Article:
Posted Tue, Aug 30, 2011 by Sardu
The moment my demo began, I made a point of traveling to the waypoint for the giant dragon fight in Sparkfly Fen. Since the dynamic event wasn’t running just yet, I scampered around the area to get a feel for what other kinds of trouble I could get myself into. Given my affinity for necromancy, I really enjoyed the fact that there were plenty of Orrian undead to be found, further enhancing the very eerie overall vibe of the area.
It wasn’t long until the demo alert popped up on screen informing me that the battle against Tequatl the Sunless was about to begin. From the very outset, the battle is a massive, beautiful bundle of controlled chaos and provided players plenty of options for how they wanted to participate. To give you a better idea of the massive scale of the fight, be sure to watch the video of the event below from our friends over at gw2.revgaming.net, home to an excellent GW2 build creation tool.
Eric Flannum also gave us some additional insights into events of this scale, for example when asked about the broadcast radius for the Tequati event Eric noted:
“Every event has a different broadcast radius that it shows. This won’t show up across the entire map, because we really don’t want to encourage the entire world to come to this one spot. One of the reasons we don’t broadcast them really, really broadly is because we’d done that earlier in development and we found that led to a lot more people having the experience where you’d see that an event was happening and run towards it only to get there right when it ends and that feels really bad.
So we try to only broadcast to an area where we’re pretty sure you can make it here in time. Also, to keep people from bunching up, we try to have lots of stuff going on in the world at any given time so it’s not like this is the one cool thing happening in the world.”
For the sake of the event demo, players are currently alerted to the Tequati the Sunless event, but I was also curious as to how an event on this scale would be triggered in the live game. Colin helped shed some light on how this particular boss event will kick off due to player actions in the area:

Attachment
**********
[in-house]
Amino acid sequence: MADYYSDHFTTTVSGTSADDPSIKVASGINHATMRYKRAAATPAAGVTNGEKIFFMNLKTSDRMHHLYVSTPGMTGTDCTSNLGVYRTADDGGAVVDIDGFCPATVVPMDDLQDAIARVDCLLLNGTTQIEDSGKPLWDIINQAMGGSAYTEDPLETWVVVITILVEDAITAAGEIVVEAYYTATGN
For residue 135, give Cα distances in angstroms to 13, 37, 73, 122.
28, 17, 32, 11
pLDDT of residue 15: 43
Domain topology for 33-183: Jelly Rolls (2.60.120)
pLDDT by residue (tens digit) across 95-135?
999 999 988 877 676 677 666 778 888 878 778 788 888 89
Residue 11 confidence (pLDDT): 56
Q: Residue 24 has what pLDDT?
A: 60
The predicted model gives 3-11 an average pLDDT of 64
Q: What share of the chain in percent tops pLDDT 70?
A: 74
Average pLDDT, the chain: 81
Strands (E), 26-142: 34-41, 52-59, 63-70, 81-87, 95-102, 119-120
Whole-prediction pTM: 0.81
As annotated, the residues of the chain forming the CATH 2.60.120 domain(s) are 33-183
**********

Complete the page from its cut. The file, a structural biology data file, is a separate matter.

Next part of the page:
“Down here there’s a whole line of sylvari towns along where that area was, and there is a whole event chain that involves the undead lashing out and attacking all of those towns. If you drive them all the way back to the ocean, that’s when the dragon lands. So it’s actually part of a big chain.”
As noted above, the latest event demo for Guild Wars 2 helps illustrate just how much iteration has gone into the game over the past year. One of the best examples of this is how energy is no longer a skill activation resource, and is now tethered directly to the dodge mechanic. The benefits of this single change in combat are enormous, and it also helps chip away some of the balancing issues that were caused by linking energy to skills.
Between my numerous demo runs during SDCC and PAX Prime, the difference this made was instantly apparent and I found that it improves the combat experience in a significant way. This was doubly the case in PvP where combat is extremely action-oriented, and makes the use of dodging a much more fluid element of combat without forcing players to resort to stuffing their bags full of energy potions.
As eager as I am to see Guild Wars 2 launch, I’m also nothing short of impressed by the amount of effort being put into making sure that each aspect of gameplay feels right and provides the best possible experience for players in the meantime. Many MMOs launch “content complete” but few ever launch “completely awesome”, but as we’ve watched development progress over the past year, Guild Wars 2 continues to push towards the latter in a big way.